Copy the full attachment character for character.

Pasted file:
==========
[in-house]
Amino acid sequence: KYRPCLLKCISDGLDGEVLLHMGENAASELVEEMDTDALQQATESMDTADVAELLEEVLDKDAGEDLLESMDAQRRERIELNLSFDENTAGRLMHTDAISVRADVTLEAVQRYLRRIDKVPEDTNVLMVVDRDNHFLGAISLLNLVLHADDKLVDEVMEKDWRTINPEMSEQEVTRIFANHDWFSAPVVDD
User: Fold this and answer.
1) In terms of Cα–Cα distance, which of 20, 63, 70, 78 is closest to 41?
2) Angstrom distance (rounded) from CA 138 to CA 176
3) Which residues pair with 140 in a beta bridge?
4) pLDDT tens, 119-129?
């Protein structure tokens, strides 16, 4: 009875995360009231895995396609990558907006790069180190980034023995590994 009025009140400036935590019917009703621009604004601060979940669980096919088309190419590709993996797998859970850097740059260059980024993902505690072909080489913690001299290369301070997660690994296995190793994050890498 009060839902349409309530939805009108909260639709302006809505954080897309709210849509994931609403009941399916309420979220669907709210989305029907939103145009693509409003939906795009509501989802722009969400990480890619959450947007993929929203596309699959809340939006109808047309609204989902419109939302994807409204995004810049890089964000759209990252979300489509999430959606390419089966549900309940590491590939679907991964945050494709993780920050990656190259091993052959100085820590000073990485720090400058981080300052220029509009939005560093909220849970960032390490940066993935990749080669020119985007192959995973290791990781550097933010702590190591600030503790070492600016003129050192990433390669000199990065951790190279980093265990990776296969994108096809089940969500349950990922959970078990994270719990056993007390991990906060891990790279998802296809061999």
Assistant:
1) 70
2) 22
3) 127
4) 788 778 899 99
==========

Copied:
[in-house]
Amino acid sequence: KYRPCLLKCISDGLDGEVLLHMGENAASELVEEMDTDALQQATESMDTADVAELLEEVLDKDAGEDLLESMDAQRRERIELNLSFDENTAGRLMHTDAISVRADVTLEAVQRYLRRIDKVPEDTNVLMVVDRDNHFLGAISLLNLVLHADDKLVDEVMEKDWRTINPEMSEQEVTRIFANHDWFSAPVVDD
User: Fold this and answer.
1) In terms of Cα–Cα distance, which of 20, 63, 70, 78 is closest to 41?
2) Angstrom distance (rounded) from CA 138 to CA 176
3) Which residues pair with 140 in a beta bridge?
4) pLDDT tens, 119-129?
């Protein structure tokens, strides 16, 4: 009875995360009231895995396609990558907006790069180190980034023995590994 009025009140400036935590019917009703621009604004601060979940669980096919088309190419590709993996797998859970850097740059260059980024993902505690072909080489913690001299290369301070997660690994296995190793994050890498 009060839902349409309530939805009108909260639709302006809505954080897309709210849509994931609403009941399916309420979220669907709210989305029907939103145009693509409003939906795009509501989802722009969400990480890619959450947007993929929203596309699959809340939006109808047309609204989902419109939302994807409204995004810049890089964000759209990252979300489509999430959606390419089966549900309940590491590939679907991964945050494709993780920050990656190259091993052959100085820590000073990485720090400058981080300052220029509009939005560093909220849970960032390490940066993935990749080669020119985007192959995973290791990781550097933010702590190591600030503790070492600016003129050192990433390669000199990065951790190279980093265990990776296969994108096809089940969500349950990922959970078990994270719990056993007390991990906060891990790279998802296809061999």
Assistant:
1) 70
2) 22
3) 127
4) 788 778 899 99